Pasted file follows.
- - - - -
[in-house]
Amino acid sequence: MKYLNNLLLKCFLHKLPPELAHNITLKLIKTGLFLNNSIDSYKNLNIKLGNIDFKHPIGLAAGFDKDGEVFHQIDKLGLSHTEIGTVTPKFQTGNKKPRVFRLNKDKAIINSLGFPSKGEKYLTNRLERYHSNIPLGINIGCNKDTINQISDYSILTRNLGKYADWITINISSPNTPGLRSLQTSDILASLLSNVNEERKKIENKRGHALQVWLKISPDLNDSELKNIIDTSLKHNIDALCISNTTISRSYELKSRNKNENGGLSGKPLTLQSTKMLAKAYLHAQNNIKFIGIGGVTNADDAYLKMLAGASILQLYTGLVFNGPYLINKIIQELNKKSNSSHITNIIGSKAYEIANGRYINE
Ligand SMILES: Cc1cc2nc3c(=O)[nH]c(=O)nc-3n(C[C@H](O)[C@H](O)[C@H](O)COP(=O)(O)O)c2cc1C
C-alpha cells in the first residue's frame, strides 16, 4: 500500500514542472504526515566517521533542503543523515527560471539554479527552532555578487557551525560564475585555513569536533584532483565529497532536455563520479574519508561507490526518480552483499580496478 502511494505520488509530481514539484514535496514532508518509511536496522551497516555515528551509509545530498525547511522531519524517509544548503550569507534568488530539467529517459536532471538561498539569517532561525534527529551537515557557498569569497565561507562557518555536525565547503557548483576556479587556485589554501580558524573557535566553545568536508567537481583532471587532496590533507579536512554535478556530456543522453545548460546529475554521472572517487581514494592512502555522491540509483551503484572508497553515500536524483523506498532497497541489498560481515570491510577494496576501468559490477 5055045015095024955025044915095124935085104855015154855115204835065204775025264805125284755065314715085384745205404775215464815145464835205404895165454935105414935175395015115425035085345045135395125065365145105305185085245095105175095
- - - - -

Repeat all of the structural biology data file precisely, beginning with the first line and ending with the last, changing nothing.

[in-house]
Amino acid sequence: MKYLNNLLLKCFLHKLPPELAHNITLKLIKTGLFLNNSIDSYKNLNIKLGNIDFKHPIGLAAGFDKDGEVFHQIDKLGLSHTEIGTVTPKFQTGNKKPRVFRLNKDKAIINSLGFPSKGEKYLTNRLERYHSNIPLGINIGCNKDTINQISDYSILTRNLGKYADWITINISSPNTPGLRSLQTSDILASLLSNVNEERKKIENKRGHALQVWLKISPDLNDSELKNIIDTSLKHNIDALCISNTTISRSYELKSRNKNENGGLSGKPLTLQSTKMLAKAYLHAQNNIKFIGIGGVTNADDAYLKMLAGASILQLYTGLVFNGPYLINKIIQELNKKSNSSHITNIIGSKAYEIANGRYINE
Ligand SMILES: Cc1cc2nc3c(=O)[nH]c(=O)nc-3n(C[C@H](O)[C@H](O)[C@H](O)COP(=O)(O)O)c2cc1C
C-alpha cells in the first residue's frame, strides 16, 4: 500500500514542472504526515566517521533542503543523515527560471539554479527552532555578487557551525560564475585555513569536533584532483565529497532536455563520479574519508561507490526518480552483499580496478 502511494505520488509530481514539484514535496514532508518509511536496522551497516555515528551509509545530498525547511522531519524517509544548503550569507534568488530539467529517459536532471538561498539569517532561525534527529551537515557557498569569497565561507562557518555536525565547503557548483576556479587556485589554501580558524573557535566553545568536508567537481583532471587532496590533507579536512554535478556530456543522453545548460546529475554521472572517487581514494592512502555522491540509483551503484572508497553515500536524483523506498532497497541489498560481515570491510577494496576501468559490477 5055045015095024955025044915095124935085104855015154855115204835065204775025264805125284755065314715085384745205404775215464815145464835205404895165454935105414935175395015115425035085345045135395125065365145105305185085245095105175095